A clinic in Phnom Penh’s Tuol Kork district was shut down temporarily yesterday pending an investigation by health officials into the death of a 28-year-old man and previous complaints launched by former patients.
Lam Tao Kong died on Sunday after seeking care at Khem Rany Clinic, where he received a paracetamol injection and was placed on oxygen. Paracetamol, also known as acetaminophen, is a common pain reliever and fever reducer.
Tao Kong’s wife, Sok Rathmony, said her husband, who had complained of neck pain, began to have a seizure about three minutes after being injected. He died while being transported via ambulance to Calmette Hospital, she added.
“When my husband arrived at the clinic, he was still conscious,” she said. “He called me and asked me to come see him at the clinic.”
About 15 minutes later, she arrived at the clinic and called her husband’s phone. Someone else picked up and told her that her husband had already passed away.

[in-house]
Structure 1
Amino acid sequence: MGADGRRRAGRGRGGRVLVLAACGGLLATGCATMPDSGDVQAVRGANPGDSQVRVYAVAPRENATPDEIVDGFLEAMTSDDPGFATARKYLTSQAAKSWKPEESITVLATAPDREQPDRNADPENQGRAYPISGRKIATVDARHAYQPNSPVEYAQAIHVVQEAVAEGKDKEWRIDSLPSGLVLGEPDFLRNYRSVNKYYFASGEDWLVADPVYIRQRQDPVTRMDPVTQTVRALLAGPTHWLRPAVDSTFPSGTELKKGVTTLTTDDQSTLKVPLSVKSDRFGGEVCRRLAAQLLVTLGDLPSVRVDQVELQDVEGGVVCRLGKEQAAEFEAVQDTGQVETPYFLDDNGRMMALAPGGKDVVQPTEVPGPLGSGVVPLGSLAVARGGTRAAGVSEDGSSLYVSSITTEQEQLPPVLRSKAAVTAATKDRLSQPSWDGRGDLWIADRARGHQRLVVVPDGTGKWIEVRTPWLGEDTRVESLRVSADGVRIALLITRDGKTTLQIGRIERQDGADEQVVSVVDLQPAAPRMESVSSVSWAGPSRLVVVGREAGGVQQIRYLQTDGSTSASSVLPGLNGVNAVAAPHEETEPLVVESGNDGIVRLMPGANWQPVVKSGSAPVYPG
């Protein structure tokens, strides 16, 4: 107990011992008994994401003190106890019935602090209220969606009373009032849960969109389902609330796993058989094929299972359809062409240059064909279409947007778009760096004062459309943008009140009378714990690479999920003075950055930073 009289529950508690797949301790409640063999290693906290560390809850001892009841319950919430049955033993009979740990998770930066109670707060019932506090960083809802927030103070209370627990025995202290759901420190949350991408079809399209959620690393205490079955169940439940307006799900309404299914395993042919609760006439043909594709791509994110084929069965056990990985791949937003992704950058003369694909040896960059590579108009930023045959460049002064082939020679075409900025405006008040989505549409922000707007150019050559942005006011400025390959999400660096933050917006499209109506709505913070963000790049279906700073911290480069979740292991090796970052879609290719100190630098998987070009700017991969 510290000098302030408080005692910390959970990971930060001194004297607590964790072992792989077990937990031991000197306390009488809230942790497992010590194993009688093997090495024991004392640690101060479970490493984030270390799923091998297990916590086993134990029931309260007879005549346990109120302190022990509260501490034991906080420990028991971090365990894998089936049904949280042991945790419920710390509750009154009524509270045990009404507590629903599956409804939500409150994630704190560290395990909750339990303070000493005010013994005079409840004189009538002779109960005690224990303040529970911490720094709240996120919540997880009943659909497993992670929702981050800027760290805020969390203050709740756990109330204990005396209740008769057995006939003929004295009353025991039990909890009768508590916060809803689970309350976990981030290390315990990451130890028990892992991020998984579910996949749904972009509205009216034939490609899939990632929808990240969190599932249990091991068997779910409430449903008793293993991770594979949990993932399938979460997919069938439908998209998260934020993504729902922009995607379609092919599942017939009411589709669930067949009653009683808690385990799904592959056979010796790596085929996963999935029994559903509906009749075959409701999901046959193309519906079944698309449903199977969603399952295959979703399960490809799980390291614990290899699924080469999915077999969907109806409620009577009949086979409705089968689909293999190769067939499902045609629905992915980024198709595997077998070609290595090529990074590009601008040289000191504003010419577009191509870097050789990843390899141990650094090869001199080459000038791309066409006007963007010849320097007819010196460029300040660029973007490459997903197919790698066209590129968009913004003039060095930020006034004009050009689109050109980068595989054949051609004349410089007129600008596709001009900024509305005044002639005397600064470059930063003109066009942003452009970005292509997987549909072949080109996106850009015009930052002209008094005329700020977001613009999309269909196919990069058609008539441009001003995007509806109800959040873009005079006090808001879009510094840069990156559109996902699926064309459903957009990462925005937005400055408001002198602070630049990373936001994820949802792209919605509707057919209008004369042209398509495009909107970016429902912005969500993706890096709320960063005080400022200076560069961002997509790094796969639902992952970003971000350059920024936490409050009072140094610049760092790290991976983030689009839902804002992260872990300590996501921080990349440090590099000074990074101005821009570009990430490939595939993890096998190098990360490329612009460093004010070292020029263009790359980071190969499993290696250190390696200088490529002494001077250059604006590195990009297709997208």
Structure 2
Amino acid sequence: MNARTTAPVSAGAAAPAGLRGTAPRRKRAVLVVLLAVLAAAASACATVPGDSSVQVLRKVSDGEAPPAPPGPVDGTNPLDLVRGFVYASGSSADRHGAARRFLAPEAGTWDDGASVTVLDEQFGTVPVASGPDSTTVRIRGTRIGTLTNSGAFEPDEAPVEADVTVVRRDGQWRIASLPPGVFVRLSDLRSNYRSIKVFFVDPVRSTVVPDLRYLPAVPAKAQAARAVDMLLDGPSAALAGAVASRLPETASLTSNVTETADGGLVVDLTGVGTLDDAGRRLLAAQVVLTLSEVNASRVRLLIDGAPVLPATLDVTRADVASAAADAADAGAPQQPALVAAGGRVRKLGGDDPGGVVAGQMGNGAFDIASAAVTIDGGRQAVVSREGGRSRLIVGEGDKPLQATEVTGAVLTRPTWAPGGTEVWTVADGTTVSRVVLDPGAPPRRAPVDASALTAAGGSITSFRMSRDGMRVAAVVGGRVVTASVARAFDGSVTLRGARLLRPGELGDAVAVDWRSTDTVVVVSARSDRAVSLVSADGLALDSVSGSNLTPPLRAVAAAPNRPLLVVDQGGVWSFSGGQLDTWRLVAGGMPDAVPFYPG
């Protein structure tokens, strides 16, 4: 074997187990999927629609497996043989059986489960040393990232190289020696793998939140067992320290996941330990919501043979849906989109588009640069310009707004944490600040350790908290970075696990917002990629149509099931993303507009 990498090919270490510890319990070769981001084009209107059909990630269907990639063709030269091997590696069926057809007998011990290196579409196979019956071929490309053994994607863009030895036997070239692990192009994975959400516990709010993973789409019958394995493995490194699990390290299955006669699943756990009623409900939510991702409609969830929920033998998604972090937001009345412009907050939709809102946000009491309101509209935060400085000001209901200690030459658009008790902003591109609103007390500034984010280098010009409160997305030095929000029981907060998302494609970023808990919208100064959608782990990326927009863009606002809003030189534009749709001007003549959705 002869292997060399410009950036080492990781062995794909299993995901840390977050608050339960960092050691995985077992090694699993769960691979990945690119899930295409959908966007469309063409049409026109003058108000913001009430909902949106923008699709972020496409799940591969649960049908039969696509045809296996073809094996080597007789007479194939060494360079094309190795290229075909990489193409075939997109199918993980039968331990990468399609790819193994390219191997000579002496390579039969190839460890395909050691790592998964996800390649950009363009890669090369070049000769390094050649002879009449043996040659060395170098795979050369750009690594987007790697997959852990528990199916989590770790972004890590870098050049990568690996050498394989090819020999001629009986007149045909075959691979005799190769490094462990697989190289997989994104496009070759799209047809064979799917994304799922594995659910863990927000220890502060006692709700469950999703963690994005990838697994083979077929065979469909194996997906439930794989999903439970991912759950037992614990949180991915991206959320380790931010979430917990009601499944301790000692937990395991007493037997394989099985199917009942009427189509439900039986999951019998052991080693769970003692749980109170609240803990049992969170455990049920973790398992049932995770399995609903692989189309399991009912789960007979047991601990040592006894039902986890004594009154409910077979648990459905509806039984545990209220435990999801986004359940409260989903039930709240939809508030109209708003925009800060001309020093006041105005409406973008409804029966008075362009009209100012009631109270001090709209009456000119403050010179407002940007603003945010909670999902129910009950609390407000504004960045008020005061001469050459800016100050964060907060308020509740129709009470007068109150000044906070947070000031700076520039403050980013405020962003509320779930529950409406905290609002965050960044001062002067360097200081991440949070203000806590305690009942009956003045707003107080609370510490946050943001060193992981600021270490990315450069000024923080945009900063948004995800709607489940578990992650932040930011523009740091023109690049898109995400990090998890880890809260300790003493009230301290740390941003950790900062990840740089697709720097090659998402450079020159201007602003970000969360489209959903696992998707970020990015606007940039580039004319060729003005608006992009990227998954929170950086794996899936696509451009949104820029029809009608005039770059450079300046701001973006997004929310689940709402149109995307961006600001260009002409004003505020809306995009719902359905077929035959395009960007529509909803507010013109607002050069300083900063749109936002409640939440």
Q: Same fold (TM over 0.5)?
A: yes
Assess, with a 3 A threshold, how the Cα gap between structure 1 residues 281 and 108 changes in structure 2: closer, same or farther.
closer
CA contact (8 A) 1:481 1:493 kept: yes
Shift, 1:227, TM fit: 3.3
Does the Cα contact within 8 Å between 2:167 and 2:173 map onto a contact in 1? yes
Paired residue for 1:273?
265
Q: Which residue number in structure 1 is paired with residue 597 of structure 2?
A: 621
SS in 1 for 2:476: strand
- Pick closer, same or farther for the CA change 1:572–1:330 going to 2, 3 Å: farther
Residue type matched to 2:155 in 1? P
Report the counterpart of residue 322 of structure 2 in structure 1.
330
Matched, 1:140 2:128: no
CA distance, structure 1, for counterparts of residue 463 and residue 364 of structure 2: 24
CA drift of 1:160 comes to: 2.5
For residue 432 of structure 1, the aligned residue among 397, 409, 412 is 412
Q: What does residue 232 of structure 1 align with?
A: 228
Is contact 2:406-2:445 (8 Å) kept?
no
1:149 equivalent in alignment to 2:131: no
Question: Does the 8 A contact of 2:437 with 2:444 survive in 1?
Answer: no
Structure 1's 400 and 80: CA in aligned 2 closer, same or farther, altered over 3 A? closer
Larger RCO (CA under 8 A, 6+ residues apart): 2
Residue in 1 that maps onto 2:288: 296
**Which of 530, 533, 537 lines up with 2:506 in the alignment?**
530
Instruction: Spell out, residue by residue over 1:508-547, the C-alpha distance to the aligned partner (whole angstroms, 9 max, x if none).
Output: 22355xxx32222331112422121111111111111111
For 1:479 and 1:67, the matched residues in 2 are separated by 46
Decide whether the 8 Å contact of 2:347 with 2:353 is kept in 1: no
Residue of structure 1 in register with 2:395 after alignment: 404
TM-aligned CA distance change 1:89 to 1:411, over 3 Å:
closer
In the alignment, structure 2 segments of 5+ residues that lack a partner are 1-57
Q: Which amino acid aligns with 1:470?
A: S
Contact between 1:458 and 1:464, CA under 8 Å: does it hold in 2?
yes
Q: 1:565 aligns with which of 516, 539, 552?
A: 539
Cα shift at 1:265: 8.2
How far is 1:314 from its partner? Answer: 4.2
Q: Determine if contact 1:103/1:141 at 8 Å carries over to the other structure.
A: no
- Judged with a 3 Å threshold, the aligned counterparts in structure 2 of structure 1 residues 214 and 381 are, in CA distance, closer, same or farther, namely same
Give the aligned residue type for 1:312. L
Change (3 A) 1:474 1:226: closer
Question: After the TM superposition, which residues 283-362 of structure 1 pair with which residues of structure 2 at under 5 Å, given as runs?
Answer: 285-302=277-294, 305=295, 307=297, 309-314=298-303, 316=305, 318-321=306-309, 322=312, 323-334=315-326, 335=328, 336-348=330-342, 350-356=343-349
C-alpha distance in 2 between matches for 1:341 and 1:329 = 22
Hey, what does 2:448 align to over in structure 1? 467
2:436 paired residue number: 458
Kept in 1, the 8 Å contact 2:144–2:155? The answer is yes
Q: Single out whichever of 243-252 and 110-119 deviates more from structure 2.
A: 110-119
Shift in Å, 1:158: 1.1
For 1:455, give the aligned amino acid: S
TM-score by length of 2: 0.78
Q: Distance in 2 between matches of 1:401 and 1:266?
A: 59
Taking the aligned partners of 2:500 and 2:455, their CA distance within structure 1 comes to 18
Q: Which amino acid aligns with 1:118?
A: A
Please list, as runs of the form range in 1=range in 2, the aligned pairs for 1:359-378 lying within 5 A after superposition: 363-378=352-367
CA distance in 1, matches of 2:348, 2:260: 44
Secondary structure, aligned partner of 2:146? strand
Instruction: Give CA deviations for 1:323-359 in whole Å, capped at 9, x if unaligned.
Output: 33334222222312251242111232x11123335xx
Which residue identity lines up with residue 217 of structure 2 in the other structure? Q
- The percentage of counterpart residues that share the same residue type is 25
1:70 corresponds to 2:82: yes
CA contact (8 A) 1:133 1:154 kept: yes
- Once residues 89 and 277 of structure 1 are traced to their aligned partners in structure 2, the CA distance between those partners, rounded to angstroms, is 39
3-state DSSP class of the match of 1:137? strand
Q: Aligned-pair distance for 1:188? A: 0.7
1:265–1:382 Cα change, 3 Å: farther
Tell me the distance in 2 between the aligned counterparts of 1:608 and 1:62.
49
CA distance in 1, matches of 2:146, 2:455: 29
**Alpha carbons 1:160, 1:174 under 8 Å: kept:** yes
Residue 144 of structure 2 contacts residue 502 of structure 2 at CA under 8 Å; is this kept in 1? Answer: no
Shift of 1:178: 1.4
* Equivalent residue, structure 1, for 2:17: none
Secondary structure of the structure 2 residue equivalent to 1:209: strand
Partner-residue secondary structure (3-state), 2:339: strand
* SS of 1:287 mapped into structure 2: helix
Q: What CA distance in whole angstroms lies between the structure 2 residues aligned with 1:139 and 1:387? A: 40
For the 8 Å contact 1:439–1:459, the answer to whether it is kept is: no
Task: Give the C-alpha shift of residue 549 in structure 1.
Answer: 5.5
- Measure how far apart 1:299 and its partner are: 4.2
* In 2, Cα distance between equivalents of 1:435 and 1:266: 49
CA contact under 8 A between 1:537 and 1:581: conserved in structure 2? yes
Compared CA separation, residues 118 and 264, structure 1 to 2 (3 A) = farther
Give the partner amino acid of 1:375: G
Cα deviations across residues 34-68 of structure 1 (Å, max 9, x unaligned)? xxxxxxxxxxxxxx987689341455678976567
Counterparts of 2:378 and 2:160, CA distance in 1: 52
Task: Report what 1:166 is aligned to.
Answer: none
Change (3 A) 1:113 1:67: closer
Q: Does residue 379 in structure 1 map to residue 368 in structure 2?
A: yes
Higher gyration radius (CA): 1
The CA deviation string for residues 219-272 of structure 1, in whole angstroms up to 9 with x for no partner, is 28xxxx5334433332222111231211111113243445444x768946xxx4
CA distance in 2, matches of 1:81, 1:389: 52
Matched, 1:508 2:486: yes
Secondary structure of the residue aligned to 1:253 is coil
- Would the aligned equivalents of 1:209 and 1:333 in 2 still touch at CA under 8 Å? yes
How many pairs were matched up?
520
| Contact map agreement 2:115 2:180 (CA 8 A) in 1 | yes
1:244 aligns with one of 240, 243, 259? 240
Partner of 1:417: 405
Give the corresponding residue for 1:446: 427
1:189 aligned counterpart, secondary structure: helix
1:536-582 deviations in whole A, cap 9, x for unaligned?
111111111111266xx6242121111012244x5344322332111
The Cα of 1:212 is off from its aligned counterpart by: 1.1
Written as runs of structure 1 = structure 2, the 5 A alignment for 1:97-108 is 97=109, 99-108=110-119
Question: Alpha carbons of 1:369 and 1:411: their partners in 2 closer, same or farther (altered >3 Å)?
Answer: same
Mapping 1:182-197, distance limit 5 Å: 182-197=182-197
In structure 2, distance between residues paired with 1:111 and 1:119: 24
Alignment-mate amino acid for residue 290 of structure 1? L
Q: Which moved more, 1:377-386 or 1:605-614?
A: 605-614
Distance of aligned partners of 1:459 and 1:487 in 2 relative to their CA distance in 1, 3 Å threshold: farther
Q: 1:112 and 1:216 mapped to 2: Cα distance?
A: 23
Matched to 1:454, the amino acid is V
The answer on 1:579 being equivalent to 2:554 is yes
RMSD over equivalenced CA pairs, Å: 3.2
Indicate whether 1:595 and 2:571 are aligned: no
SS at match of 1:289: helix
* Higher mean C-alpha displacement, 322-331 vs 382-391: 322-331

Rathmony’s sister filed a complaint yesterday with the Phnom Penh military police against the clinic for malpractice, citing an allergic reaction after the injection.
While adverse reactions to paracetamol are uncommon, articles in medical journals state that it is in rare cases linked to allergic shock, or anaphylaxis.
The Ministry of Health yesterday released a statement on the closure of the clinic citing unspecified violations and non-compliance with its contractual licence regulations.
Sok Sokum, director of the Phnom Penh health department, said health officials had received minor complaints from patients in the past, but failed to elaborate on the issues raised.
Officials decided to close the clinic temporarily in the wake of the patient’s death.
At this point, officials are not 100 per cent sure whether the death resulted from a medical error, Sokum said. His department will also examine the clinic’s practices.
Sokum maintained Tao Kong suffered a heart attack before going to the clinic.
“We need to pause their operation for the time being,” he said. “We are investigating . . . and educating them to make reforms.”
Khem Rany, owner of the clinic, said the patient had a heart attack and was rushed to her clinic in serious condition.
Rany said the patient was in a great deal of pain so she gave him the paracetamol and another unspecified injection.
She added the patient was sweating and complained of a headache, and had difficulty breathing. “He was seriously ill,” she said.